Andre de Gouvea
Particle physics is living through very interesting times: the discovery of the Higgs boson, the start of precision neutrino oscillation oscillation studies, and the potential dawning of the Dark Matter era, to name only a few, raise several enticing questions along with the promise of very exciting discoveries ahead. At the same time, funding prospects, abroad and especially in the US, remain very uncertain and competition from other outstanding scientific endeavors has never been more fierce. In order to thrive, we need to continue delivering groundbreaking fundamental physics results and significantly improve our ability to enthusiastically communicate those, along with the proper context, to the local, national and international communities.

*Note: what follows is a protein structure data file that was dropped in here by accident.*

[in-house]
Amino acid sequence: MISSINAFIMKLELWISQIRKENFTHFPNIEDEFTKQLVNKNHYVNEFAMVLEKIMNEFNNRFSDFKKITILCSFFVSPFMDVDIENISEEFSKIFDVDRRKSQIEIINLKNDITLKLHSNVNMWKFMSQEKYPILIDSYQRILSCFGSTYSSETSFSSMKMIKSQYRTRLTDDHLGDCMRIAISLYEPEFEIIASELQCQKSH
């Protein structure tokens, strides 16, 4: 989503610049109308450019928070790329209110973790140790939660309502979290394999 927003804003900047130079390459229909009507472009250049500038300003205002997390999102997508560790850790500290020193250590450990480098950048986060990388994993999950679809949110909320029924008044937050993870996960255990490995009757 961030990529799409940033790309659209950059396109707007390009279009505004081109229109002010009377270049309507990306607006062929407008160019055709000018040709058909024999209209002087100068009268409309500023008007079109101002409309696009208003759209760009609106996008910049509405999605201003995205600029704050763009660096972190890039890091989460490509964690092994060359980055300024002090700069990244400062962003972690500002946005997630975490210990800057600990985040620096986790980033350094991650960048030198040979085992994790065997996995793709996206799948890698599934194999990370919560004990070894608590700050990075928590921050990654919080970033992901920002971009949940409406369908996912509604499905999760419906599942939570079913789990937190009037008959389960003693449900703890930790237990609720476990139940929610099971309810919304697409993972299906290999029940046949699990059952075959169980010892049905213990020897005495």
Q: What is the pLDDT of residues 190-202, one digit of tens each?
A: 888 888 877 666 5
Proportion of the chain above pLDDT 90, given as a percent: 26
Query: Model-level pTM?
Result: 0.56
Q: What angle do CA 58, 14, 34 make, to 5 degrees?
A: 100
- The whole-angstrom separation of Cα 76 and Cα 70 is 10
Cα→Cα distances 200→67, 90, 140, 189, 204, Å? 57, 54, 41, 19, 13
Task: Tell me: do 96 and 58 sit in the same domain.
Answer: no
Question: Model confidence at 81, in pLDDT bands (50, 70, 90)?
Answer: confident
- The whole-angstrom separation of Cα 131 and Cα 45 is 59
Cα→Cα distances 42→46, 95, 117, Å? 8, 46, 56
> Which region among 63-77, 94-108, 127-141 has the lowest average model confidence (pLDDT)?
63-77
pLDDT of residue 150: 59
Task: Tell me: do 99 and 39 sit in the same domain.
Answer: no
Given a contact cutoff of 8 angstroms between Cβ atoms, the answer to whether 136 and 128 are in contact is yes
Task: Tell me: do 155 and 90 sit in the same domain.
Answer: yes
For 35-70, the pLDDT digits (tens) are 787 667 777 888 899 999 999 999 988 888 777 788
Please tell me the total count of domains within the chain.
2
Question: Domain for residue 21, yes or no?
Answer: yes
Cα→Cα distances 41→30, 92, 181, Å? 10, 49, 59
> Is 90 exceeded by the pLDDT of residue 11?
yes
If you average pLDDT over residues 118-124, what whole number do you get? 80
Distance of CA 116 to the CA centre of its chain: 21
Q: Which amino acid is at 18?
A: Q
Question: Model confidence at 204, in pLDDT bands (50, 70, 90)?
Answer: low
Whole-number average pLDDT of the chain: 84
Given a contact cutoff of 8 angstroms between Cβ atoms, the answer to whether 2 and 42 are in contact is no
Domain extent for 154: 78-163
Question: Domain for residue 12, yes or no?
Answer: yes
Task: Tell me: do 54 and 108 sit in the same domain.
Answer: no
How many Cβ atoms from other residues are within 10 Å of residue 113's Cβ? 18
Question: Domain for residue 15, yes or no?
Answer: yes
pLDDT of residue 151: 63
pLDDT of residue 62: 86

Fermilab will play a key role in the future of particle physics research nationally and internationally. Along with a strong effort in activities abroad, The Lab is in the process of redefining its "local" science and moving towards the so-called Intensity Frontier for the foreseeable future. It is vital to promote this direction for the lab and make sure that the new efforts are ultimately successful. Fermilab needs an active, relevant local experimental physics portfolio! A vibrant, active UEC can play, and needs to play, a very important role in this entire process.
I first came to Fermilab as a Master's degree student working on the E791 experiment in 1994. I later joined the Fermilab Theory Particle Theory Group in 2001 as Postdoc and consider myself a Permanent Visitor since moving to Evanston in 2003. More recently I have become involved, as a theorist and a cheer leader, in the upcoming Fermilab muon experiments (g-2 and Mu2e) and the LBNE project. Given the opportunity, I would be happy to contribute to a strong, advocative, and relevant UEC.